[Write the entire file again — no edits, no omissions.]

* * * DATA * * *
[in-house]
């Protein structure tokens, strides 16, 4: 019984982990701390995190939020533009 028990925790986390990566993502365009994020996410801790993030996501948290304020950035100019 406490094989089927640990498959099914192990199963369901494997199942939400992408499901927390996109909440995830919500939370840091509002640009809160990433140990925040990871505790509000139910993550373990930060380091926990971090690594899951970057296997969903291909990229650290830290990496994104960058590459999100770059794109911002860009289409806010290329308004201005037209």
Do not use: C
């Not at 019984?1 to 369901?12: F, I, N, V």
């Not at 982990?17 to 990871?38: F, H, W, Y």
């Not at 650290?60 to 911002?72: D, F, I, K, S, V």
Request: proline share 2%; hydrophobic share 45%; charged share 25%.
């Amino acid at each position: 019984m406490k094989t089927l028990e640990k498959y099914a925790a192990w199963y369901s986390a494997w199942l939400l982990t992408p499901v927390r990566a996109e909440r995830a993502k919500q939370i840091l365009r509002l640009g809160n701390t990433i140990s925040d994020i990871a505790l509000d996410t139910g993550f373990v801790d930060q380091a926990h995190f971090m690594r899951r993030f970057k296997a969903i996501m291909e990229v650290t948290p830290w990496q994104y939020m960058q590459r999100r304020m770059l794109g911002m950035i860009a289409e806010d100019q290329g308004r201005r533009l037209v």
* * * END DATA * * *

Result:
[in-house]
């Protein structure tokens, strides 16, 4: 019984982990701390995190939020533009 028990925790986390990566993502365009994020996410801790993030996501948290304020950035100019 406490094989089927640990498959099914192990199963369901494997199942939400992408499901927390996109909440995830919500939370840091509002640009809160990433140990925040990871505790509000139910993550373990930060380091926990971090690594899951970057296997969903291909990229650290830290990496994104960058590459999100770059794109911002860009289409806010290329308004201005037209």
Do not use: C
């Not at 019984?1 to 369901?12: F, I, N, V």
């Not at 982990?17 to 990871?38: F, H, W, Y």
């Not at 650290?60 to 911002?72: D, F, I, K, S, V």
Request: proline share 2%; hydrophobic share 45%; charged share 25%.
């Amino acid at each position: 019984m406490k094989t089927l028990e640990k498959y099914a925790a192990w199963y369901s986390a494997w199942l939400l982990t992408p499901v927390r990566a996109e909440r995830a993502k919500q939370i840091l365009r509002l640009g809160n701390t990433i140990s925040d994020i990871a505790l509000d996410t139910g993550f373990v801790d930060q380091a926990h995190f971090m690594r899951r993030f970057k296997a969903i996501m291909e990229v650290t948290p830290w990496q994104y939020m960058q590459r999100r304020m770059l794109g911002m950035i860009a289409e806010d100019q290329g308004r201005r533009l037209v």